New York – Construction injuries have, unfortunately, become an expected reality in the industry, according to work safety advocates. They say that employers sometimes shirk their responsibilities by not following safety codes and create a hazardous condition for their workers. One hardhat construction worker suffered a fall injury in the World Trade Center site when he fell from a scaffold to the ground, nearly 20 feet below. Witnesses contend that the work accident occurred because the shoring equipment was unstable and no ladder was provided by the construction company. They note that the scaffold tipped over and collapsed, causing the worker to suffer a spinal injury with back pain, fractures and a permanent disability. The man’s injuries also included broken ribs and a head injury according to doctors. Accusations against various construction companies and contractors have since arisen, claiming that employers have tried to cover up accidents and injuries. Workers have reported that bosses have ordered the clean-up of the site of a construction injury in order to hide evidence of negligence. In addition, investigations have shown that employers have been known to avoid reporting workplace accidents, with as many as 34 serious on-the-job injuries going unreported to the Occupational Safety and Health Administration (OSHA), the federal agency tasked with ensuring work safety. These accidents have been documented to have caused hips fractures, broken bones as well as neck and back injury. Worksite safety activists explain that these employers may have been trying to avoid negligence lawsuits and worker’s compensation injury claims while ignoring the damage they caused to the lives and families of the injured workers. Read details about the investigations into the unreported occupational worker’s comp injuries here.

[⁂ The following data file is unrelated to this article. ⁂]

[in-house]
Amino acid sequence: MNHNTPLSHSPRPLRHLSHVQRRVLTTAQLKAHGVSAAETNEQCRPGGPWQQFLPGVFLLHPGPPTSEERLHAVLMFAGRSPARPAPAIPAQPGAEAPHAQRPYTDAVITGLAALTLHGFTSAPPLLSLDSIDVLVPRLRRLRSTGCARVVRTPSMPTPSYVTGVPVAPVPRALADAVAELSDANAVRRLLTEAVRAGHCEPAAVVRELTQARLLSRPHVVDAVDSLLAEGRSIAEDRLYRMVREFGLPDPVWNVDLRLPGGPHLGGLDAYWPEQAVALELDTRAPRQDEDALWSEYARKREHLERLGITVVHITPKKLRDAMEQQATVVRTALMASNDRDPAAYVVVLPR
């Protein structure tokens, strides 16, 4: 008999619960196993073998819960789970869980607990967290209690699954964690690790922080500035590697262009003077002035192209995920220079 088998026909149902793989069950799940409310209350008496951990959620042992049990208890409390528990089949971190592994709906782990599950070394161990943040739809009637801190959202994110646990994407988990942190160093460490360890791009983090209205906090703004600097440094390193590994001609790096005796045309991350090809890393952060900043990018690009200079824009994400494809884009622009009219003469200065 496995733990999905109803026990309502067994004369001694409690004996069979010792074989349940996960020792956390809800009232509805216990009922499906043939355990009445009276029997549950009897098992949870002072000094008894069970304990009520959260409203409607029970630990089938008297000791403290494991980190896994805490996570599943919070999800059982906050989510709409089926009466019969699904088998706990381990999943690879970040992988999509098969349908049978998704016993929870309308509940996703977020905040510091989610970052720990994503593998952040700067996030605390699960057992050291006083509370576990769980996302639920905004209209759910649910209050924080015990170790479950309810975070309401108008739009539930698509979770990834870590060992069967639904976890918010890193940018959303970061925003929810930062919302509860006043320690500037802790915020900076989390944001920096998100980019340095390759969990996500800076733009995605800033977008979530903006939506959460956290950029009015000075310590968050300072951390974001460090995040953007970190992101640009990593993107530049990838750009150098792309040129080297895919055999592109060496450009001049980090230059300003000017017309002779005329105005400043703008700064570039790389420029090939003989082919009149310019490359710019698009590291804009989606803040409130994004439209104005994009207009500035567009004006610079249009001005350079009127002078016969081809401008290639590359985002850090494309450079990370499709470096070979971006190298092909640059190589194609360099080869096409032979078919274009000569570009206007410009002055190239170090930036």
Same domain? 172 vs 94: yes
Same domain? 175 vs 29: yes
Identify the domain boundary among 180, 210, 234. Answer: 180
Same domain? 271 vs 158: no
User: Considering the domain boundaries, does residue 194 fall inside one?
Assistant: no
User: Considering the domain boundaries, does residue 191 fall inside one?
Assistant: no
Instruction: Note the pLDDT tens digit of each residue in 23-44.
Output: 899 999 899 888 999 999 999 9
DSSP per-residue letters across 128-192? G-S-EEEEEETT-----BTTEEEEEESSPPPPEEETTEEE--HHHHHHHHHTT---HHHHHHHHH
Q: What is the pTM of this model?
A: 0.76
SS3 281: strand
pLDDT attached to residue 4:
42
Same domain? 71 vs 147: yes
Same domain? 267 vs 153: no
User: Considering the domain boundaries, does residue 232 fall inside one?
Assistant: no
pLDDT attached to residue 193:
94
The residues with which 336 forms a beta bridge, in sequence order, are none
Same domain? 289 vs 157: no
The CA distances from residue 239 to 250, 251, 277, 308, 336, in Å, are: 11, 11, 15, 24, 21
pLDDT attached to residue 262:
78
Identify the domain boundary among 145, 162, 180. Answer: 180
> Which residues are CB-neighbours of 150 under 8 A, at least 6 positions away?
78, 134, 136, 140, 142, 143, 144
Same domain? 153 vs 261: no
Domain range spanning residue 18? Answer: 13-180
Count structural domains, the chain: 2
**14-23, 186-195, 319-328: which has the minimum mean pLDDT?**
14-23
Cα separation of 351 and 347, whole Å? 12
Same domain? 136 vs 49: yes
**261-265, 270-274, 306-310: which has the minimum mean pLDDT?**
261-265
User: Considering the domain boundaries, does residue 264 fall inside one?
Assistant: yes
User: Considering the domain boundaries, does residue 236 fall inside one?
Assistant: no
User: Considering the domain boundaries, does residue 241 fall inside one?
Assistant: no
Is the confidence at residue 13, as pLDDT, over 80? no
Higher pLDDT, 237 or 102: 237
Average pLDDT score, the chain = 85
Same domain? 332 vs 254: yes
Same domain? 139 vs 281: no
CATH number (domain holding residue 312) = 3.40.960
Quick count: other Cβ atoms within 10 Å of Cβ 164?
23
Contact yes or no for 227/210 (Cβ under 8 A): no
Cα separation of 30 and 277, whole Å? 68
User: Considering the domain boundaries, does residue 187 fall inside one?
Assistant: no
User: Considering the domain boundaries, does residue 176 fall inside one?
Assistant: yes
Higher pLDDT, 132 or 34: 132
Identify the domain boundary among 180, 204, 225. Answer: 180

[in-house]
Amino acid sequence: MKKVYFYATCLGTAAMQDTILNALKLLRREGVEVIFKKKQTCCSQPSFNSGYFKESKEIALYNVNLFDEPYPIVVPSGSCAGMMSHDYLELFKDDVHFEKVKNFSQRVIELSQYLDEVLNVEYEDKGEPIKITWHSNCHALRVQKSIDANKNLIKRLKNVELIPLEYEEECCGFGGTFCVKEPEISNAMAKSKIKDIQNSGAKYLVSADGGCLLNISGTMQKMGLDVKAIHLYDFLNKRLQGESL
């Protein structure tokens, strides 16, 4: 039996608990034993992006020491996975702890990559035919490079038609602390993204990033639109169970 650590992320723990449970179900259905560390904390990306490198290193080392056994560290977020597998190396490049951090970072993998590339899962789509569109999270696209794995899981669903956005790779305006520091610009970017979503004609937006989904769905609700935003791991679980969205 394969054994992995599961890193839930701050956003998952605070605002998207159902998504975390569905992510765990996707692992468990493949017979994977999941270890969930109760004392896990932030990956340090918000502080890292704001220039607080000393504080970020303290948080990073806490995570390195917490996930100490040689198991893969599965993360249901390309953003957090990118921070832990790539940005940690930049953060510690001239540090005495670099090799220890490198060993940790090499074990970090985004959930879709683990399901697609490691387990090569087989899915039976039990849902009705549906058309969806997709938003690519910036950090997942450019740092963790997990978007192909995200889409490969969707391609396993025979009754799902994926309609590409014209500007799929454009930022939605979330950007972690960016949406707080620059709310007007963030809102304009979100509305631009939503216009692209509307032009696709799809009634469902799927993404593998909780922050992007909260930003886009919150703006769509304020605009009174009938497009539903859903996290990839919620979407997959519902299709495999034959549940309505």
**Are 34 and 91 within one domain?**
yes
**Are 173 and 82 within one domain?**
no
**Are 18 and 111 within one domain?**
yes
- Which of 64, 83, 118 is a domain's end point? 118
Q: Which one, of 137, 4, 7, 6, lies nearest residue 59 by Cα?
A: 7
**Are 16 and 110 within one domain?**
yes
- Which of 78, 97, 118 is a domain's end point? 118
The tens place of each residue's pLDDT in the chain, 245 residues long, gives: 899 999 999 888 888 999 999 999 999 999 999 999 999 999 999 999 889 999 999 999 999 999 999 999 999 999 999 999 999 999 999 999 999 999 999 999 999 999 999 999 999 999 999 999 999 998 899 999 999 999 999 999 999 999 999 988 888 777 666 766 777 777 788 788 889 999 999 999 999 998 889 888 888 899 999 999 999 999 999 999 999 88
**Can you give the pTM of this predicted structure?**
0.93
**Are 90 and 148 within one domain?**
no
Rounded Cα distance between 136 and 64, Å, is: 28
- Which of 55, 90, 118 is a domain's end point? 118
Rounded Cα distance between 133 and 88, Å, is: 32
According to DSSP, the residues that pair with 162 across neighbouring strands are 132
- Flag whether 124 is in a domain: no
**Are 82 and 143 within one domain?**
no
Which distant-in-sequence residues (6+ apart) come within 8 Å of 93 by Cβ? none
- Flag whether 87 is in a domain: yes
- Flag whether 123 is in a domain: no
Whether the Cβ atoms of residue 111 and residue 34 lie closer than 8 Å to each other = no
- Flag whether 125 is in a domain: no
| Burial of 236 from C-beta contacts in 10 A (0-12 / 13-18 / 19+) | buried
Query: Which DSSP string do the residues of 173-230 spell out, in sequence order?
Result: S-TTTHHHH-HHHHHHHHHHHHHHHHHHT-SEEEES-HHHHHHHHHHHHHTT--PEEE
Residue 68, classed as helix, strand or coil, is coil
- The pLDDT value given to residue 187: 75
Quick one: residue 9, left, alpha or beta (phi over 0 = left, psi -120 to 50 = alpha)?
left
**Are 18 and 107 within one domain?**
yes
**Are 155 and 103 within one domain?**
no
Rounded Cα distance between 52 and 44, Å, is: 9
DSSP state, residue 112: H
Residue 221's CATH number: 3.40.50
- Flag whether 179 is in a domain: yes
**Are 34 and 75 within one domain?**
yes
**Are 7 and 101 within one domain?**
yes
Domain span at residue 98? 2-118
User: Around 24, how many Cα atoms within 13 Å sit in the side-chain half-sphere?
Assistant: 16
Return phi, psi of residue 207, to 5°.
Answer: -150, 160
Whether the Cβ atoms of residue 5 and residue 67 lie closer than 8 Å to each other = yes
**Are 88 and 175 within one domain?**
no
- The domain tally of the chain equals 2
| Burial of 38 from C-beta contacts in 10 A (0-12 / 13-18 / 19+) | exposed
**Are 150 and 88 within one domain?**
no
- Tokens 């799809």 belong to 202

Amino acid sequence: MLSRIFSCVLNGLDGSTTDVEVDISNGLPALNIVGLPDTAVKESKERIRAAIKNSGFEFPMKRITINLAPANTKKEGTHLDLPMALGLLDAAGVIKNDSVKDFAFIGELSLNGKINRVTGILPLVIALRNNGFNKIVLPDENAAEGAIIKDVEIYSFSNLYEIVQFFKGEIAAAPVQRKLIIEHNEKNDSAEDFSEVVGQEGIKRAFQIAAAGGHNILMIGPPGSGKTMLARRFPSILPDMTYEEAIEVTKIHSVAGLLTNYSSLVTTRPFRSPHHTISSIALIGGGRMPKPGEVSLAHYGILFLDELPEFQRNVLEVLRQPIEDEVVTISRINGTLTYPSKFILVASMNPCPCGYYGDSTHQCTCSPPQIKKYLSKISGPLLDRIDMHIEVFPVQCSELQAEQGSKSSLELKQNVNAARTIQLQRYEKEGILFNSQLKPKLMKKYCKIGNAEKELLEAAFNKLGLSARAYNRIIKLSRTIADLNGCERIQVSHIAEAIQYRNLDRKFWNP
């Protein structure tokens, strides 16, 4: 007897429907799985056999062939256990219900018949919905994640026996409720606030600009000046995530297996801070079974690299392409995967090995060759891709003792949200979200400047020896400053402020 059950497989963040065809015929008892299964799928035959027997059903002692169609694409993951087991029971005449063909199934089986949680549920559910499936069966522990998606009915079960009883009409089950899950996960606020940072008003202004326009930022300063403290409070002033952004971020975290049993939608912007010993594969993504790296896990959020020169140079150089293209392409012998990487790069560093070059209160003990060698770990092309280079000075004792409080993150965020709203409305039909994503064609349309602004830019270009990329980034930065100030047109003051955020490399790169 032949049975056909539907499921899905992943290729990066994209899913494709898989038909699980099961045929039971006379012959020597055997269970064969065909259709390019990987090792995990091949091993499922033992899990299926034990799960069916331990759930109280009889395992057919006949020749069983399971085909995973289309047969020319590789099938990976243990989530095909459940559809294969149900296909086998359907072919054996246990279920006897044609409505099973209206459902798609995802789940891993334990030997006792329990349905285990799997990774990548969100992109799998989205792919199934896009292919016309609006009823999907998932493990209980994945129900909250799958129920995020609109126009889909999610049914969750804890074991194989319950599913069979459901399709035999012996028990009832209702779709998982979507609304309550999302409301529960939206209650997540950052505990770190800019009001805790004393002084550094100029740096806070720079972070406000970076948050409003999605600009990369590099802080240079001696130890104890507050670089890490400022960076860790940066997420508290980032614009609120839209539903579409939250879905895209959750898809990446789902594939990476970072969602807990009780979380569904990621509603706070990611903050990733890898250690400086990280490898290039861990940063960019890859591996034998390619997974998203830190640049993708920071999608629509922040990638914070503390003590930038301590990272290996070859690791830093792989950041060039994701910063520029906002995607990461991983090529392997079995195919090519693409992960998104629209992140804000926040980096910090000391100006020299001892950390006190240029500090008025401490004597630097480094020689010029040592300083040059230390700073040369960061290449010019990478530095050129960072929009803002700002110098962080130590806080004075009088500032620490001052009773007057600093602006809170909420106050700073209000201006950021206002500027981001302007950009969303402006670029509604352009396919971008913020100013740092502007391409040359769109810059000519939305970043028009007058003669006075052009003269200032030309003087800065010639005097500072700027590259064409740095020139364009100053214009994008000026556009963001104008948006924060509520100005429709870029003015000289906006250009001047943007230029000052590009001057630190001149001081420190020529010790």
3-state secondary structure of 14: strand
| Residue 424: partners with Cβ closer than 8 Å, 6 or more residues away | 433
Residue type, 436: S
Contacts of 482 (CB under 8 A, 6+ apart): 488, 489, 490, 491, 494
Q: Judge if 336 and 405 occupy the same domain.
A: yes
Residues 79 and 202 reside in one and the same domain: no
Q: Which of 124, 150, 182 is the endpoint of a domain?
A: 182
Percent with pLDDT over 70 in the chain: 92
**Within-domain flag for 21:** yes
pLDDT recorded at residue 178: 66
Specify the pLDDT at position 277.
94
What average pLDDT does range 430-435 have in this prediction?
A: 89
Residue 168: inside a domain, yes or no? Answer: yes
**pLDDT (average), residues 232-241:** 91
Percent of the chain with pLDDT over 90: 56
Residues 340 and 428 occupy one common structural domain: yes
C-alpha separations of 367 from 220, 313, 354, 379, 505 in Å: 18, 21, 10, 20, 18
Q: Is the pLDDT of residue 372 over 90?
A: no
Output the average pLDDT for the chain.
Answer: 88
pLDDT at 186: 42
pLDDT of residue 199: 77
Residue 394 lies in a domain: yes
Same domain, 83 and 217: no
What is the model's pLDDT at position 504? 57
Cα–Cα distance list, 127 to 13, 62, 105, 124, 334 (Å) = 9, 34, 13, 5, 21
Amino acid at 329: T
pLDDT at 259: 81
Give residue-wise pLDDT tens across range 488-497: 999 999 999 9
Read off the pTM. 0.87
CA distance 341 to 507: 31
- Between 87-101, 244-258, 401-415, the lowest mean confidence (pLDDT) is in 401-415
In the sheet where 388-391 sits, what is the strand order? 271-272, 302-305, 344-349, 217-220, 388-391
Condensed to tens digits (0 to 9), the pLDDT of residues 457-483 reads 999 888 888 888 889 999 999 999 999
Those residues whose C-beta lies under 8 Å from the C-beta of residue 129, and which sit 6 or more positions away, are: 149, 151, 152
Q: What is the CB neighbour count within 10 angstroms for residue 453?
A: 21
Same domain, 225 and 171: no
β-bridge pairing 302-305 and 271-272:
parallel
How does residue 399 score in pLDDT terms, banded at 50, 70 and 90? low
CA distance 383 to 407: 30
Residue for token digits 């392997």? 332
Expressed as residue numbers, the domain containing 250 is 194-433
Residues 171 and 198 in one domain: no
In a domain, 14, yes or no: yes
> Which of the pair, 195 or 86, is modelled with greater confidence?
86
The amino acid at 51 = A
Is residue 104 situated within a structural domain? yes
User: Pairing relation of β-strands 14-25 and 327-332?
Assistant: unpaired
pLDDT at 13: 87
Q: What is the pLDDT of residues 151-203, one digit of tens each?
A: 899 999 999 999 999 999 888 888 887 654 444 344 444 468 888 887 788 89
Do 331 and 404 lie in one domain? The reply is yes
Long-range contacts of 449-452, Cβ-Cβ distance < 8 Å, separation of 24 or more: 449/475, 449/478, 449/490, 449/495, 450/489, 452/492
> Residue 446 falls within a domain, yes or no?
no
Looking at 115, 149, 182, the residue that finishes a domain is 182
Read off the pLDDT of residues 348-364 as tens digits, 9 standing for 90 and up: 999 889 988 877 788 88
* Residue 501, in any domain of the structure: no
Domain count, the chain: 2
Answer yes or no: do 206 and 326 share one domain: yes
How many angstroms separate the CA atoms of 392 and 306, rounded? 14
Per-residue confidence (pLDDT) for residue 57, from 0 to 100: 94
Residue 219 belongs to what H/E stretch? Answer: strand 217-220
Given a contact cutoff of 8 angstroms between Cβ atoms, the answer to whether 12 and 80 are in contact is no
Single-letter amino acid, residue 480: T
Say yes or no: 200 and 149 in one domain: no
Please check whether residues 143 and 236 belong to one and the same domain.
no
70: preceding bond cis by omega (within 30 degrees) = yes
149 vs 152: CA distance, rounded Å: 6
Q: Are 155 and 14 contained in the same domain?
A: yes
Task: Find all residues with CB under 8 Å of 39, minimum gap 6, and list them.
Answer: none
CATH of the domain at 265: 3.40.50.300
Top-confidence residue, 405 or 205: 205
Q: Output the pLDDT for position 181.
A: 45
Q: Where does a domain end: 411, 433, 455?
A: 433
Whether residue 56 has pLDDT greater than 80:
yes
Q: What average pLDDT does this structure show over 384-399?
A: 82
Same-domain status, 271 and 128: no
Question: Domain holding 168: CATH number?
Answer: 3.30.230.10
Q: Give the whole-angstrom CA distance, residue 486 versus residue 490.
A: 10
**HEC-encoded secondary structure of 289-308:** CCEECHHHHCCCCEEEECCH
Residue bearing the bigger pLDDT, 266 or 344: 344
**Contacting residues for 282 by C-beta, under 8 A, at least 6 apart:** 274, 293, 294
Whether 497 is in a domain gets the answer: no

Illustrative photo by Saberwolf116 at en.wikipedia [CC-BY-3.0], from Wikimedia Commons